Jezik / Language:
25 August 2008

Savic and Mucibabic: Escorting convoys from Nevesinje

A former policeman recalls the departure of convoys of Bosniak civilians from Nevesinje.
A Prosecution witness speaks about the departure of a convoy of buses, which transported Bosniak women and children from Nevesinje. Aleksa Kravic was one of the policemen, who "safeguarded" the convoys, but he could not remember the exact date when this had happened.

The indictment against Krsto Savic and Milko Mucibabic alleges that, on several occasions on June 23 and June 24, 1992, members of the Public Safety Station in Nevesinje used a public address system to ask Bosniaks to gather in front of the former municipal building. From that location the civilians were allegedly transported to Mostar "under police escort."

It is alleged that the civilians were transported to Buska place, "which was situated between the two military lines." When they got there they were released and told to move towards the territory controlled by the Bosnian Army. "Due to the shooting that came from the military positions" some civilians were killed and several were wounded when they tried to escape to the other side. Some of them stepped on landmines.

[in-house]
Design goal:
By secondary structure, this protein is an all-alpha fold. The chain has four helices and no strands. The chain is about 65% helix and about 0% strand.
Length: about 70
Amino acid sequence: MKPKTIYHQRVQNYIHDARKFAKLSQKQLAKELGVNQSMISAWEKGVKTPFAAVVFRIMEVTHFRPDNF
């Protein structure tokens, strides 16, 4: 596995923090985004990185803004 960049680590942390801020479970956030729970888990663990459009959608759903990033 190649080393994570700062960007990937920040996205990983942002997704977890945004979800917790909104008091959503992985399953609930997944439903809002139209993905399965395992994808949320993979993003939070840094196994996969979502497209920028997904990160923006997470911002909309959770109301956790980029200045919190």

Kravic said that he did not hear the invitations, announced over public address system, adding that he did not know that any civilians had been killed when they tried to go to the other side.

However, he did recall that he recognised some people, who were in the convoys, specifically mentioning Muamer Sarancic, who was his old schoolmate.

"I told him to get on the bus and to move to the rear end in order to hide himself," Kravic said, adding that Sarancic told him that he was afraid, as his father and brother had already been detained. The witness said that he advised him to say that he was "15 or 16 years old."

Sucro and Senad Sarancic have already appeared as witnesses at this trial. They spoke about the capture of Bosniaks and their detention in Nevesinje and Bileca.

Aleksa Kravic said that he did not know who had ordered the policemen to safeguard the convoys.

The Prosecutor reminded the witness that, in his earlier statement given during the course of the investigation, he had said that the policemen had been given "a strict order" not to let men who were over 18, join the convoys. However, Kravic did not repeat these allegations in the courtroom. For that reason the Prosecutor included his written statement as evidence.

The next hearing is due to take place on August 27, when three more witnesses will be examined.
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